# Monopoly Pricing By Kevin Hinde.

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Monopoly Pricing By Kevin Hinde

Aims and Learning Outcomes
explore price discrimination by monopolists and the potential welfare effects. By the end of this session you will be able to explain first, second and third degree price discrimination using graphical and numerical examples explain two part tariffs and block pricing.

First Degree Price discrimination
Seller must know each consumers total willingness to pay Effect is for producer to extract total consumer surplus as a profit Pm Note: This is better for society than pure monopoly but it does raise distribution questions Ppc MC = AC D MR Q Qm Qpc

Second Degree Price discrimination
Charging different prices based on customer use rates. Examples Buy 2 get one half price First 100 units at a higher price than second 100 units

Second Degree Price discrimination
Note Again: This is better for society than pure monopoly but it does raise distribution questions P1 Q2 P2 MC = AC D Q Q1

Third Degree Price Discrimination
Charging different prices to different types of consumer. Examples include: Geographical price differences prices aimed at educational and private sector markets. Variation in prices between domestic and commercial customers. Note buyers in one market cannot resell in another

Some Maths Assume 2 demands for a big event Public demand
Qp = Pp student Demand Qs = Ps Costs of running event TC = £1,500,000 + £25Q Should we charge a uniform price or discriminate?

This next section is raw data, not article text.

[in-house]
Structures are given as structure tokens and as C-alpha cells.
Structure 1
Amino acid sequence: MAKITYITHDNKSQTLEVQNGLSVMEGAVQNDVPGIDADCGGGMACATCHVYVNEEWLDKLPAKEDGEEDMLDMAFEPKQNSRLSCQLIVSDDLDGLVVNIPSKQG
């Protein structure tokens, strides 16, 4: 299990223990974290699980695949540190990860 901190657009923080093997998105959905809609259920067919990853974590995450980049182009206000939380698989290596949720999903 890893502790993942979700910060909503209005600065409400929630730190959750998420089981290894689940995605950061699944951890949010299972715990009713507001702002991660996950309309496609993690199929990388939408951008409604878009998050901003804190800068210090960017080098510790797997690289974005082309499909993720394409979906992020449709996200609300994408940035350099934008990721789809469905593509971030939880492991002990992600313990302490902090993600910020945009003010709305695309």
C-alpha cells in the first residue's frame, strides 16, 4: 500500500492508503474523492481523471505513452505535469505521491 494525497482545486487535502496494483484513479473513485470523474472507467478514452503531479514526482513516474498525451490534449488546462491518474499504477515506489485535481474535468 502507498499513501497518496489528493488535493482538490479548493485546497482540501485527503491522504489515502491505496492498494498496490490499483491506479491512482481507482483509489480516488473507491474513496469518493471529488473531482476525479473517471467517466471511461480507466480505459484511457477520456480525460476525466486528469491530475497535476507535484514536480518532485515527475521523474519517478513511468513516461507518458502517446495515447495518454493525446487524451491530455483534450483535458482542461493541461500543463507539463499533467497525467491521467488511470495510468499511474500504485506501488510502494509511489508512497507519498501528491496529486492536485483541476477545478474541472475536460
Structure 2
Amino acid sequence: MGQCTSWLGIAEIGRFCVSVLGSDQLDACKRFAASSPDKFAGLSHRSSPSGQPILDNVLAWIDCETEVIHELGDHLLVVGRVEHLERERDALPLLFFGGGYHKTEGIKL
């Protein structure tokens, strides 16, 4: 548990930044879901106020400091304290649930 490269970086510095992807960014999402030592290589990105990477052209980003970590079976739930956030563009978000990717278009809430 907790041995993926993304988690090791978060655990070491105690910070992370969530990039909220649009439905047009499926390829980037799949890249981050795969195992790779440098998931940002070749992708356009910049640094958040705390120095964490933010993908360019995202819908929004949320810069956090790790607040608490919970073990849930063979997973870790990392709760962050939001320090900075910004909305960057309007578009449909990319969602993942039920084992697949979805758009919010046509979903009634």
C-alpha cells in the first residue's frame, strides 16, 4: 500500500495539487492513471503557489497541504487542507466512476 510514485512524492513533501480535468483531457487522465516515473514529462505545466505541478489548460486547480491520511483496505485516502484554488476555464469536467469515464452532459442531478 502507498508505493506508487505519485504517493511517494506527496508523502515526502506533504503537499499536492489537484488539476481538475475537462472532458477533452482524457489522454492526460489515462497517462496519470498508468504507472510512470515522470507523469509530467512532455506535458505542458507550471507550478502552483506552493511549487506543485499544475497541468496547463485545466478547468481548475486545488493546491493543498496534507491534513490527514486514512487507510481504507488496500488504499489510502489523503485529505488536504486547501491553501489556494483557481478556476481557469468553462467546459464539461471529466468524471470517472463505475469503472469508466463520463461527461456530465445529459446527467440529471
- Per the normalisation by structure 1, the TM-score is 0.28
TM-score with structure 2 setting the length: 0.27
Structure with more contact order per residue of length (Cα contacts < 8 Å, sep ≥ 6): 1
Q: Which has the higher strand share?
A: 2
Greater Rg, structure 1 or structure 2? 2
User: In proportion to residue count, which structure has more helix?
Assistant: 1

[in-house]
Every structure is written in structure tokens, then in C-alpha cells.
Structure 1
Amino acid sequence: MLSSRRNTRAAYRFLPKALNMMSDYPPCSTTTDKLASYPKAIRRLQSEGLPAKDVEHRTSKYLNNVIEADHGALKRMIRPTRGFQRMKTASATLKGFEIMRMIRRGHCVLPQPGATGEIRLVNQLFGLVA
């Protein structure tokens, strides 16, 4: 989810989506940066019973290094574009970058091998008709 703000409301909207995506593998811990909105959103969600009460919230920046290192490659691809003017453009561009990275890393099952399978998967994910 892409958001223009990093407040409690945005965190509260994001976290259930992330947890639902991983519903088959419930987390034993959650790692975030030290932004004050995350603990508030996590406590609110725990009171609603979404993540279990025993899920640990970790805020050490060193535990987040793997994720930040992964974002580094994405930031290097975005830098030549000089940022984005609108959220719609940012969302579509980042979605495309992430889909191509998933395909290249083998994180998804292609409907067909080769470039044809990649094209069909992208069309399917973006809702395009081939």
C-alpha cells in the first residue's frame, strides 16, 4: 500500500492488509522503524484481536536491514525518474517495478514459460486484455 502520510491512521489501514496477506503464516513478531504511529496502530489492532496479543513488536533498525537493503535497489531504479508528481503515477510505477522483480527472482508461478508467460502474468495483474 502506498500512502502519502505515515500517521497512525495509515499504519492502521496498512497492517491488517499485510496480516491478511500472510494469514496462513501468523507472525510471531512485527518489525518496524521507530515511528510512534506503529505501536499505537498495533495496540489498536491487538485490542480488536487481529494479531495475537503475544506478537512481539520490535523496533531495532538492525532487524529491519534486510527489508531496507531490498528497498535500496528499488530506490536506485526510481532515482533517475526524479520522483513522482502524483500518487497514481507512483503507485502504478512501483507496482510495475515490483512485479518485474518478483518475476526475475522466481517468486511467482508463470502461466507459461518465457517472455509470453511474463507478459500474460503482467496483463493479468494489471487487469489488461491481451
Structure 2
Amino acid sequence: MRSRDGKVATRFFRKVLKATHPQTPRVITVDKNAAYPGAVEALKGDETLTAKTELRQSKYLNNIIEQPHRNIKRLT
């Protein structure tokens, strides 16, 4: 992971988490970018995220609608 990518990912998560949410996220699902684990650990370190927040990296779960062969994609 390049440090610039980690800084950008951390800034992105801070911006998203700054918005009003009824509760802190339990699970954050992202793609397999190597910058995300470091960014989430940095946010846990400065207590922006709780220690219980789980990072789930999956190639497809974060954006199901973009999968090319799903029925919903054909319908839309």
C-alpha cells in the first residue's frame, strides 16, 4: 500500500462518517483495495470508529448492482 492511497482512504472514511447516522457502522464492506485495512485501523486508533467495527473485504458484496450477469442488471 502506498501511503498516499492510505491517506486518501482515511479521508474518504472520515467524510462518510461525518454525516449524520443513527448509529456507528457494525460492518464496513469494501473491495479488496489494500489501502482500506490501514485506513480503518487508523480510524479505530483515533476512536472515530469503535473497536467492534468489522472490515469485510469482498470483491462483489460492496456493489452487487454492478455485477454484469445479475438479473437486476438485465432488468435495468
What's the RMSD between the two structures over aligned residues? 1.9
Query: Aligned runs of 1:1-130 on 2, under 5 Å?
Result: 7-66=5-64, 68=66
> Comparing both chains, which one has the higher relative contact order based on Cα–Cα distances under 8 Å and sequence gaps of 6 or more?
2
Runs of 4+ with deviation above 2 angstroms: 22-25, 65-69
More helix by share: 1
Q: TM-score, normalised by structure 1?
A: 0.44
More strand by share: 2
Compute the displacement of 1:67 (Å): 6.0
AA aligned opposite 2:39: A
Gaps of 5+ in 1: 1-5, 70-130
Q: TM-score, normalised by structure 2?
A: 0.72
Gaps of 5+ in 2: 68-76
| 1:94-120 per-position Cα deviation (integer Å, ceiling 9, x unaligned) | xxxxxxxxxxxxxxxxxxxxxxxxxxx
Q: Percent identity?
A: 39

A Uniform Price Total Demand: Qt = Qp + Qs P = £145 - £0.001Q
Qt = 145, P P = £145 - £0.001Q MR = Q MC = 25 Q = 60,000 P = £85 Profit =TR - TC = £2.1 million

A discriminatory price
Public Demand Pp = Qp MRp = Qp MRp = MC Qp = 20,000 Pp = £125 Student Demand Ps = Qs MRs = Qs MRs = MC Qs = 40,000 Ps = £75 Profit = TRp + TRs - TC = £2.5 million

Third Degree Price discrimination
Note Once More: This is better for society than pure monopoly but it does raise distribution questions MC P1 Q1 Q2 P2 P Q = Q1 + Q2 market 1 market 2 Total market Remember that moving from a single monopoly to a discriminating one raises the price in low elasticity markets. These consumers are losing out. So what value should we be putting on their marginal unit of output.

Third Degree Price Discrimination Rule
To maximise profits, a firm with market power produces the output at which MR in each market = Group MC. Note too the relationship between MR in each market and elasticity. MRx= Px (1 + 1) = MC e MRy= Py (1 + 1) = MC e The implication of this is that Firms should charge higher prices in markets where elasticity is low (inelastic) and lower prices in markets with high elasticities

Two Part Pricing A firm can enhance it’s profits by engaging in two part tariffs Charge a price per unit that equals marginal cost plus a fixed fee equal to the consumer surplus each consumer receives at this per unit price. Examples Gyms, Golf Clubs

Block Tariffs By packaging units of a product and selling them as one package, the firm earns more than by single unit pricing. The profit maximising price on the package is the total value the customer receives for the package, including consumer surplus. Examples six packs, toilet rolls etc

And Finally... A summary Any Questions?